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Catcha News Wednesday,  6 June 2001
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  Malaysia's virtual newsroom logs on to savings

HONG KONG, June 6 (AFP) - In the notoriously penny-pinching world of newspaper journalism, one publisher has found a high-tech way of cutting costs -- scrap the newsroom and get reporters to buy their own computers.

With costs of newsprint on the increase and competition from multi-media emphasising the need for constant investment, Malaysian newspaper Utusan has opted to blaze an innovative trail into virtual reality to save cash.

Utusan's executive chairman Kamarul Ariffin told sceptical fellow media chiefs at the World Association of Newspaper's annual conference in Hong Kong how new developments in communications were allowing most of his reporters to operate from home.

"The advancement of computer technology in the last two decades of the last century has enabled newspaper companies such as Utusan to transform ... its work place from an over-crowded hovel to a nearly empty editorial suite," said Ariffin.

Using laptops and palm-held computers, Utushan's journalists receive their daily assignments by logging on to visit the paper's virtual newsroom, where they can also gain access to a library and database.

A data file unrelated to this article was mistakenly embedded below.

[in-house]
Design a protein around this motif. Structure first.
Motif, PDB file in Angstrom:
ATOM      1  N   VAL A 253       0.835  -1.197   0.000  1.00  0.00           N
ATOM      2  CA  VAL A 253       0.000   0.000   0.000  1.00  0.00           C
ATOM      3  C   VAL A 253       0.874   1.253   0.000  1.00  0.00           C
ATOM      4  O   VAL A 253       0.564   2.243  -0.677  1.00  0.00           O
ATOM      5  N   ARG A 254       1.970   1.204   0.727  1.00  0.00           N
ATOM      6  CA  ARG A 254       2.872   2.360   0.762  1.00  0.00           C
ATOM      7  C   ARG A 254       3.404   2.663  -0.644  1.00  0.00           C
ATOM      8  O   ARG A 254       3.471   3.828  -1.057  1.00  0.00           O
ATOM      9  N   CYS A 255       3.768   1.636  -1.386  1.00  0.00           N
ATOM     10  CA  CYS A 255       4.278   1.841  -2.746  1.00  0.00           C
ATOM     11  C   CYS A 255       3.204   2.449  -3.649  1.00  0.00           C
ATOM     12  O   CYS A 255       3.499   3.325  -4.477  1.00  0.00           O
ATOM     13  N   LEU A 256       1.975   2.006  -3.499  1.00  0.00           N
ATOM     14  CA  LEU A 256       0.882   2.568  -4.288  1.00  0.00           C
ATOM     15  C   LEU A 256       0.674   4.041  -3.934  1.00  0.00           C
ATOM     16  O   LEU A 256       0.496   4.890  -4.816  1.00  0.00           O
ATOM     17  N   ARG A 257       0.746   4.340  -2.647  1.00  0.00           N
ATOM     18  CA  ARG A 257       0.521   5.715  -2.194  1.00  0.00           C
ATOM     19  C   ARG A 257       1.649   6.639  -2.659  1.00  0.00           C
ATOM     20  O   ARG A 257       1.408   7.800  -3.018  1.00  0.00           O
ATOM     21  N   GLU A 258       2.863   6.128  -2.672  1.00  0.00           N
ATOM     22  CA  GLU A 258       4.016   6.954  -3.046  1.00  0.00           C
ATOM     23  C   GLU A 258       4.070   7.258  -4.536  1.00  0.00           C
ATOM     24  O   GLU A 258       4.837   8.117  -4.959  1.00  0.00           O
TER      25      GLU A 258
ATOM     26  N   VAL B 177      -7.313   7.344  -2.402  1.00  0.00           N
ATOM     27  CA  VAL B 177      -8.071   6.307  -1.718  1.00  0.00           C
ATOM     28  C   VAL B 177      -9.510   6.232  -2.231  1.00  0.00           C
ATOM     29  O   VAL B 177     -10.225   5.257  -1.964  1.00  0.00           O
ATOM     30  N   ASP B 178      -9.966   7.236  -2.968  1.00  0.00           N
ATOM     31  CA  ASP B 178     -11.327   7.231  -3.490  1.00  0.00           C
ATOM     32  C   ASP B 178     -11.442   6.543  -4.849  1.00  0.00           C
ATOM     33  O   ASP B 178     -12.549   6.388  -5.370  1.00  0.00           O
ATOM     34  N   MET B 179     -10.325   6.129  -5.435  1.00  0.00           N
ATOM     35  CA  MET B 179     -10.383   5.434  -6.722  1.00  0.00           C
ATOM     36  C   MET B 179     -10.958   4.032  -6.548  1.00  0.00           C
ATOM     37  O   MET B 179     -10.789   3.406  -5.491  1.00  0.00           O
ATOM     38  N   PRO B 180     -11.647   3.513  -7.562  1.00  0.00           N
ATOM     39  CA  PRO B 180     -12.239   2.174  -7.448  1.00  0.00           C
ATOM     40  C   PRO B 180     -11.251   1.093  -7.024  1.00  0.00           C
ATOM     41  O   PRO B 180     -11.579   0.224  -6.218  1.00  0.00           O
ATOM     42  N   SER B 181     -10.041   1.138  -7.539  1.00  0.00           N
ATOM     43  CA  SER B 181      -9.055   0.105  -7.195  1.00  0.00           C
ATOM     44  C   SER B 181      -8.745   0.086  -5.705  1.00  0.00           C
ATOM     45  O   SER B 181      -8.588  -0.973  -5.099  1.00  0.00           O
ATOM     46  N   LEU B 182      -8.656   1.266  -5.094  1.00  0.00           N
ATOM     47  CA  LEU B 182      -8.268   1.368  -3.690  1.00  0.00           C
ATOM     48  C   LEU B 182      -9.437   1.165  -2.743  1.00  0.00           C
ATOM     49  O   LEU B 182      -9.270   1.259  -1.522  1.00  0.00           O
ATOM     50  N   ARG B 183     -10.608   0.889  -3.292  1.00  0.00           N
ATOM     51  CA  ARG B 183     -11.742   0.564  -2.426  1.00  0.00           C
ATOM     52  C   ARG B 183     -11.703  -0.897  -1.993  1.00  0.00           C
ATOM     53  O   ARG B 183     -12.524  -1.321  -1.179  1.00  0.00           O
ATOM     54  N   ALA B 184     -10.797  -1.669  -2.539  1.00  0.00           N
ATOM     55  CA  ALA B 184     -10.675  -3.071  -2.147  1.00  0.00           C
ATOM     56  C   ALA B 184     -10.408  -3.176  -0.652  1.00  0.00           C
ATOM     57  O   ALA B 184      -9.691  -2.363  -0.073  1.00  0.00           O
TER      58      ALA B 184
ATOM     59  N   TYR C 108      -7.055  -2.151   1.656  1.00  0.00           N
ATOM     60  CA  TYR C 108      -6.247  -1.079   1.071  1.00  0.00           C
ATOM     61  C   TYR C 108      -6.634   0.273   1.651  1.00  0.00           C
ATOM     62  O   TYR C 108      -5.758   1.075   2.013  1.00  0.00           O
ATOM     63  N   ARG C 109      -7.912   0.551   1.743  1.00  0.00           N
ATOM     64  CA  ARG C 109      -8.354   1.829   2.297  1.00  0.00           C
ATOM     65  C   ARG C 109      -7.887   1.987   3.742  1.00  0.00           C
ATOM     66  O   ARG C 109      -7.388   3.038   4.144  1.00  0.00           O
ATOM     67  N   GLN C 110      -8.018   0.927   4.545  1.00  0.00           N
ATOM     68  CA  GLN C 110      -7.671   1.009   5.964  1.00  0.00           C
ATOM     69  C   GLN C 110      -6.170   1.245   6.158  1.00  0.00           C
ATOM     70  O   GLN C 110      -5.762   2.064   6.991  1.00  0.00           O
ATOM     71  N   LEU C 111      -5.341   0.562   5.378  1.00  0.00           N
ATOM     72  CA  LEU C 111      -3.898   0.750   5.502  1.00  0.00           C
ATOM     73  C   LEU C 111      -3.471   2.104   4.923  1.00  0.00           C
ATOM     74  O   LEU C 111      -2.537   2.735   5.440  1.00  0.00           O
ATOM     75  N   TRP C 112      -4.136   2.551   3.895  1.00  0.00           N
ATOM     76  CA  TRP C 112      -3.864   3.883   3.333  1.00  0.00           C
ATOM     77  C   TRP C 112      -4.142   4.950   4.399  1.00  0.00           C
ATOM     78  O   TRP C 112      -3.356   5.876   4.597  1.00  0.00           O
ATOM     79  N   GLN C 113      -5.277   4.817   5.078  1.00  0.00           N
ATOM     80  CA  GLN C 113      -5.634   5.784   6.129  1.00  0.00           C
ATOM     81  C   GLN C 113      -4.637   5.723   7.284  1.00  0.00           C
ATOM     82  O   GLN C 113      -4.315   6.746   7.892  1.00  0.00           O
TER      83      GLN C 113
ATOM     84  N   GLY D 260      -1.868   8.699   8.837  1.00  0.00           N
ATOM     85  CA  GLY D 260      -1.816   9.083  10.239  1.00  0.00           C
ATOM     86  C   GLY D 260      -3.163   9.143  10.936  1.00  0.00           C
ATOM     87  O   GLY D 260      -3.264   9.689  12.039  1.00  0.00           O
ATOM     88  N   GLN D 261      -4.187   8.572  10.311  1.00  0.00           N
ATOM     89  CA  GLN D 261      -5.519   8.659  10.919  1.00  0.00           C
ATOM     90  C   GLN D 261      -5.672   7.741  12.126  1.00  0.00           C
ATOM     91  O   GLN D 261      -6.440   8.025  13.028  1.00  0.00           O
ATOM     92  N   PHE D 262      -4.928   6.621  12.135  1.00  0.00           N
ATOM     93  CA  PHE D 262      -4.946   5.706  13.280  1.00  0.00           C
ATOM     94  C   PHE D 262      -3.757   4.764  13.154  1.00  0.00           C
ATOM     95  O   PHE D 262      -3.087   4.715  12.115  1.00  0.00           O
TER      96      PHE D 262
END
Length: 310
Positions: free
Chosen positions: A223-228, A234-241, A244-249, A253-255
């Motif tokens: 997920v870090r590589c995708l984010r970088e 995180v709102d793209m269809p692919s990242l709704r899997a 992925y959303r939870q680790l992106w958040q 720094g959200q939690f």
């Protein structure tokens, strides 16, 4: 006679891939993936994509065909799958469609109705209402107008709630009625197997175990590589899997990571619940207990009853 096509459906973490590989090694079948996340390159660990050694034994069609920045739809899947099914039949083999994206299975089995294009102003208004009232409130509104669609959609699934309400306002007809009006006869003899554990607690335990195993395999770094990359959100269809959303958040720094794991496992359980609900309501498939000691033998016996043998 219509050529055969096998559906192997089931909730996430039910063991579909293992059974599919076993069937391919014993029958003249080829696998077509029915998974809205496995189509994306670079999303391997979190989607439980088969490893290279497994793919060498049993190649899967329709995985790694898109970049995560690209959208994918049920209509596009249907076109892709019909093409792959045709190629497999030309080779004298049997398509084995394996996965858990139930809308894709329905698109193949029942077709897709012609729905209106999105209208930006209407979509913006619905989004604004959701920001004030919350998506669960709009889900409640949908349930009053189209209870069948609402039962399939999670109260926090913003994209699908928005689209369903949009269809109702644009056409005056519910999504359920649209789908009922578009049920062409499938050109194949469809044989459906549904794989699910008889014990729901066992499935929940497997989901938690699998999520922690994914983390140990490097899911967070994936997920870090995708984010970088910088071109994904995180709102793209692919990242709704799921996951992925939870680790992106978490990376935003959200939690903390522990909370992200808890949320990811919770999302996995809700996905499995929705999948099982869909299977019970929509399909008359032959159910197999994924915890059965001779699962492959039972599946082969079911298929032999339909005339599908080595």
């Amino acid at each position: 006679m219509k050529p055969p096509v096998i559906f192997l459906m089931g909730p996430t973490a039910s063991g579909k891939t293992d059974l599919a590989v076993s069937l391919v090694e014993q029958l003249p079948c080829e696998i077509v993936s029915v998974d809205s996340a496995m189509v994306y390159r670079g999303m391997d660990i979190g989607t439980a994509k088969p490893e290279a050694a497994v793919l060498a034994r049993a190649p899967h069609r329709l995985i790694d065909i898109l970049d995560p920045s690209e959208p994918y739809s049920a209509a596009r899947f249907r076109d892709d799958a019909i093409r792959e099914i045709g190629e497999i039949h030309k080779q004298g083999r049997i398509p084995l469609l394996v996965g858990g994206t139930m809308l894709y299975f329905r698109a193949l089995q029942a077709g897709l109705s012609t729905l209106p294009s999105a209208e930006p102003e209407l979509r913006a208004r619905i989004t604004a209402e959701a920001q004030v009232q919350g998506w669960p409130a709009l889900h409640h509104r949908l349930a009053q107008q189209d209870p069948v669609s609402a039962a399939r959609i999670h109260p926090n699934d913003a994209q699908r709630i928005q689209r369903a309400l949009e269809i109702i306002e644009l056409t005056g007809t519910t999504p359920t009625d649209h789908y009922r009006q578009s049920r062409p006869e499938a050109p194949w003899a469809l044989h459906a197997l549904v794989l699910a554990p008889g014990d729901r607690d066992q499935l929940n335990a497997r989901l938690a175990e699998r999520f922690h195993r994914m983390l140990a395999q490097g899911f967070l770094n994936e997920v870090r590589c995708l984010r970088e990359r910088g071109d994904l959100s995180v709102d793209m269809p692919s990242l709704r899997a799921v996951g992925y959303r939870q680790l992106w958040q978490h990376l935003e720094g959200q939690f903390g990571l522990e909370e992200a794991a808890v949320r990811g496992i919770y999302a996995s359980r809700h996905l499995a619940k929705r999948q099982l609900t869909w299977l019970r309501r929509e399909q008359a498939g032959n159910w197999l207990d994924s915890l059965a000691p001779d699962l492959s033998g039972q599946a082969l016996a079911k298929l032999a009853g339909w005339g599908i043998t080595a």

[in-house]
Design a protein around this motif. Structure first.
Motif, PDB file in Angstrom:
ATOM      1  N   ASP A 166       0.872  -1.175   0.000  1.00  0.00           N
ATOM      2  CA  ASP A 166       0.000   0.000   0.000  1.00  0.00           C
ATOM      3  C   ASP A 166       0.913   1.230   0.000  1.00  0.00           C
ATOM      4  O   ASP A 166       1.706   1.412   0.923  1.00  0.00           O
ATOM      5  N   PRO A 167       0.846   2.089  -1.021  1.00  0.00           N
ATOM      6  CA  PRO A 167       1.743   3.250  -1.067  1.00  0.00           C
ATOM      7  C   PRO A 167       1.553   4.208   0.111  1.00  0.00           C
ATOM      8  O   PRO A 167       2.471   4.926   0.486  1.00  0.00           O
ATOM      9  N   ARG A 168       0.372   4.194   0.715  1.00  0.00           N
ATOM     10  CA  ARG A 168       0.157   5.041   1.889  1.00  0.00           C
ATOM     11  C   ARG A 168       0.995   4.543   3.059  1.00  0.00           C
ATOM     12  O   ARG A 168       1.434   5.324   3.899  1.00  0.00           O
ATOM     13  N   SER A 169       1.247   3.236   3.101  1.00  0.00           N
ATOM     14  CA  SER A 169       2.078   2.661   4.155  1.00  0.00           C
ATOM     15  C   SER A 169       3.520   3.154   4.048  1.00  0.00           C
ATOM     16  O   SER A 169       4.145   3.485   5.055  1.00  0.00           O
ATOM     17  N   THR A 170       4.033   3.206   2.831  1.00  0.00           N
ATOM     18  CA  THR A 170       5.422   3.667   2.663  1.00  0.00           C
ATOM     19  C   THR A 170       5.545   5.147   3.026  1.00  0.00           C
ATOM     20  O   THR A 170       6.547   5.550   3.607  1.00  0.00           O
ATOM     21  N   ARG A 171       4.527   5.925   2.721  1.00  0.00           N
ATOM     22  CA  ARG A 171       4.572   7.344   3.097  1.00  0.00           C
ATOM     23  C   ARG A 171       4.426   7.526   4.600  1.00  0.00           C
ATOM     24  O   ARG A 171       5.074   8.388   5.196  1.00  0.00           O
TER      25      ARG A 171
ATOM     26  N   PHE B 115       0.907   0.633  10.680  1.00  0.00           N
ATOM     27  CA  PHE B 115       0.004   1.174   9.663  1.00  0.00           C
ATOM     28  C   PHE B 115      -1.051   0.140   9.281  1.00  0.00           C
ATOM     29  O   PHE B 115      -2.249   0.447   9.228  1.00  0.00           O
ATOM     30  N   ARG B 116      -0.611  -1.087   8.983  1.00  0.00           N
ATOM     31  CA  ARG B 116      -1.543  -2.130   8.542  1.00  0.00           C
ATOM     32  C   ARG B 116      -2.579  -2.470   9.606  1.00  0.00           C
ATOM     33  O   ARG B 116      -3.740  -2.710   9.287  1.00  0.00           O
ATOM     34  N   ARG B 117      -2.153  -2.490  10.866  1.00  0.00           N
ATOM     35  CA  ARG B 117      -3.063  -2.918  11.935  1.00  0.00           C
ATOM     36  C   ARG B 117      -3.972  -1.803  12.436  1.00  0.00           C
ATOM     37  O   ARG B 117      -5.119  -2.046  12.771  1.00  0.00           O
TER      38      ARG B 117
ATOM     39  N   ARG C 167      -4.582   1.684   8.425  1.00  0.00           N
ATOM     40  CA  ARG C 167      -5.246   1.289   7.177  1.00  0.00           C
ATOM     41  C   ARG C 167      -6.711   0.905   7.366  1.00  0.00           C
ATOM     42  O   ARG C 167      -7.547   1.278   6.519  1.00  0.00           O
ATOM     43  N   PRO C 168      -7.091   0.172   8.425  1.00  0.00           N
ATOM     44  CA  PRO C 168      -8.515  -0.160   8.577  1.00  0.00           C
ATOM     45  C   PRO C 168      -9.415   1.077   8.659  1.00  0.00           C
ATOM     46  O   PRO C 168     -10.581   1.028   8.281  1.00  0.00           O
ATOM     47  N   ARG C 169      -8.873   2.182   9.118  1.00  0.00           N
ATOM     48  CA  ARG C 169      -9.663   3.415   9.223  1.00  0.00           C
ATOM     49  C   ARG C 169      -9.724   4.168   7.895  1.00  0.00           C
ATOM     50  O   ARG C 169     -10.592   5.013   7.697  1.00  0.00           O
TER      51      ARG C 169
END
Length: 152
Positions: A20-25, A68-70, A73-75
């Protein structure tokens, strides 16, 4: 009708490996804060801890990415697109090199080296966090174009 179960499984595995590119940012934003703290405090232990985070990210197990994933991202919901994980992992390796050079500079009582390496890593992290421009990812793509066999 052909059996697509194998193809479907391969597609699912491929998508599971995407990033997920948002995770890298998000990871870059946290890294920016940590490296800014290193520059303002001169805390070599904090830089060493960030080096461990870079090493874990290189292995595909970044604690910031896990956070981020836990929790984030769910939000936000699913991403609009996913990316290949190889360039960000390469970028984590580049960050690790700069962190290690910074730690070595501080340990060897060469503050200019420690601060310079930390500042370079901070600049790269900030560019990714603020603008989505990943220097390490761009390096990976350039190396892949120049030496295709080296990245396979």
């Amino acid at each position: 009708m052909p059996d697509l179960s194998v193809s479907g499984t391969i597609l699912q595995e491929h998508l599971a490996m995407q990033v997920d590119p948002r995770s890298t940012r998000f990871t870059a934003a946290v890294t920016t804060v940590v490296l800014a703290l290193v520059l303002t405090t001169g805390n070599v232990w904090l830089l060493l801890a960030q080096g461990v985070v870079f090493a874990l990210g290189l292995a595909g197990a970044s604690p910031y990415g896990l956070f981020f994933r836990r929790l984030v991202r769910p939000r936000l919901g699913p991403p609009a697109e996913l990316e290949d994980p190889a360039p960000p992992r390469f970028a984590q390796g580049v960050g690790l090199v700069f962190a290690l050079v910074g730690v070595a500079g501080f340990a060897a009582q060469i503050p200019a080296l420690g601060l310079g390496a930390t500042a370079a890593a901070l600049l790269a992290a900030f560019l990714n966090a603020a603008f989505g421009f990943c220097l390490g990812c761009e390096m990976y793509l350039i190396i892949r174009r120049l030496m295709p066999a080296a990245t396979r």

This enables the paper to base its staff across the country, while a mobile hit-squad remains on constant call to tackle major breaking news.

Ariffin said initially reluctant staff were persuaded to roadtest the new working method by the prospect of avoiding traffic jams, escaping the crowded office, enjoying life at home -- and presumably avoiding the formidable dressing-downs familiar in newsrooms around the world.

"With careful planning and re-writing of the journalistic manuals, the human-power requirements could be halved, thus making a good financial saving and more so enabling journalists to spend more time with their family."

He added that the concept was proving so successful he had even persuaded employees to part with hard-earned wages to pay for their own home computers.

Senior staff have also jumped at the chance to head as far away from the office as possible, Arrafin said.

"When the editor-in-chief discovered he could edit and decide on the lay-out of all our newspapers from far away places like Havana, Cuba instead of Kuala Lumpur, we could not stem the tide of his enthusiasm."

All rights reserved. This material may not be published, broadcast, rewritten or distributed. All reproduction or redistribution is expressly forbidden without the prior written agreement of AFP.

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